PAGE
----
The entire catchment area of the Neckar was not modeled by the considered rainfall–runoff models in this study. Rather, the large headwater catchments were modeled only where the times of the concentration were long enough to allow for model runs on a daily resolution (i.e., if a large precipitation event takes place, then the ensuing peak in discharge is observed at the next time step). The Enz, Kocher and Jagst, with catchment areas of 1656, 1943, and 1820 km2, respectively, were studied. Other reasons for the selection of these catchments were that they are relatively intact compared to the main river, which is modified for transportation, and also the fact the effects of catchment boundaries (e.g., exact boundary line and exchanges with neighboring catchments) vanish as the size becomes larger.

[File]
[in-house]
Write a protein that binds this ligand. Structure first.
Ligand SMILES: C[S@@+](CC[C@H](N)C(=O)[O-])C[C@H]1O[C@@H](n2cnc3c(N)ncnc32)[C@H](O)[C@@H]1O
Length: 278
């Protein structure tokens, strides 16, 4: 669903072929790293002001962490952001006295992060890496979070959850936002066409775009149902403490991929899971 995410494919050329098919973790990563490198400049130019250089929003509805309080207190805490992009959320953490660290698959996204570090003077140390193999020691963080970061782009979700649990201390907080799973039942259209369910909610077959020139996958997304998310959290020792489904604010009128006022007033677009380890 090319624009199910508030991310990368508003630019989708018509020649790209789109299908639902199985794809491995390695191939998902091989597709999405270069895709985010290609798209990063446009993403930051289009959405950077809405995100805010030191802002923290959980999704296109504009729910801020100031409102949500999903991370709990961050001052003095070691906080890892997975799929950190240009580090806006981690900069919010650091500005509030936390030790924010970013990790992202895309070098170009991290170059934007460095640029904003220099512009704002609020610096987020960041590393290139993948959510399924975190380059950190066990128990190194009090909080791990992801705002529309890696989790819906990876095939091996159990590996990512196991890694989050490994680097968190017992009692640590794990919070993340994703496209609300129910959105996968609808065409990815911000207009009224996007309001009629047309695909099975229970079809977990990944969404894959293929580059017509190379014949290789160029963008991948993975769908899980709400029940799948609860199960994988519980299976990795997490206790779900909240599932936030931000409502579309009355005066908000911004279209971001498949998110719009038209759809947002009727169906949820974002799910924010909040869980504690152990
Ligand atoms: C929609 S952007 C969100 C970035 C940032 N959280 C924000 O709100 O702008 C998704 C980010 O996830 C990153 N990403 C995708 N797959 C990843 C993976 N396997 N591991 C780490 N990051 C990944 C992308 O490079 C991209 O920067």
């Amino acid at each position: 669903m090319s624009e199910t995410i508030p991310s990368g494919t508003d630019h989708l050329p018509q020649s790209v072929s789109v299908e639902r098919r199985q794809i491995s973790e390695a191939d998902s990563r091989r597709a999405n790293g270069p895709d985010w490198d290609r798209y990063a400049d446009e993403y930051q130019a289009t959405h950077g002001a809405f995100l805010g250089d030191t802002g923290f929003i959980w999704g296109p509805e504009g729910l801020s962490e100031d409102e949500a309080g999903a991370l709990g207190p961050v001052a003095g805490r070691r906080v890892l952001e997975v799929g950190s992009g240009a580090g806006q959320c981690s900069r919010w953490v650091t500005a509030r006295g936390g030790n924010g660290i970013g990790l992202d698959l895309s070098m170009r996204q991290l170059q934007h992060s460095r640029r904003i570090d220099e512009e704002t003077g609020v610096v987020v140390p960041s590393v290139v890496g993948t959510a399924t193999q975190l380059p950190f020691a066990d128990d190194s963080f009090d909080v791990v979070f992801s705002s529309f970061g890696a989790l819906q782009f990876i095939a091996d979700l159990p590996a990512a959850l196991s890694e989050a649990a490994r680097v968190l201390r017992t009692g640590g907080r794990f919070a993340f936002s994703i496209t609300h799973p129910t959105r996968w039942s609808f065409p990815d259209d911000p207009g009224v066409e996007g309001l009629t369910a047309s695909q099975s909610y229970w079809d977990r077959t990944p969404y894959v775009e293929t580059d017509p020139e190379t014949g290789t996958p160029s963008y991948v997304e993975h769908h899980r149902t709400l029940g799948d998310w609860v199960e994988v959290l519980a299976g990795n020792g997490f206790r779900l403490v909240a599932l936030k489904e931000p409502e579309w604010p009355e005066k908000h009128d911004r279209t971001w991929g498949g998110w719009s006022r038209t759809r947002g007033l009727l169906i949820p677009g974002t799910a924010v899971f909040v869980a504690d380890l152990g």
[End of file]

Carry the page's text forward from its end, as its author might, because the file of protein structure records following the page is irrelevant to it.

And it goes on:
3 Model input data preparation

Point meteorological data time series (daily precipitation and temperature) were downloaded from the Deutscher Wetter Dienst (DWD; German Weather Service) open-access portal (DWD2019). The daily discharge time series was downloaded from the open-access portal of the Landesanstalt für Umwelt Baden-Württemberg (LUBW; Environmental Agency of the Federal State of Baden-Württemberg; LUBW2020). The considered time period is from 1991 to 2015. Furthermore, the precipitation gauges used in this study are evenly distributed across the catchment, even at high elevations (Fig. 2). This is very important because one of the cited causes of precipitation volumes (e.g., Yang et al.1999; Legates and Willmott1990; Neff1977) is the smaller density of gauges at higher elevations. It is also important to note that effects of elevation on daily precipitation are negligible (Bárdossy and Pegram2013).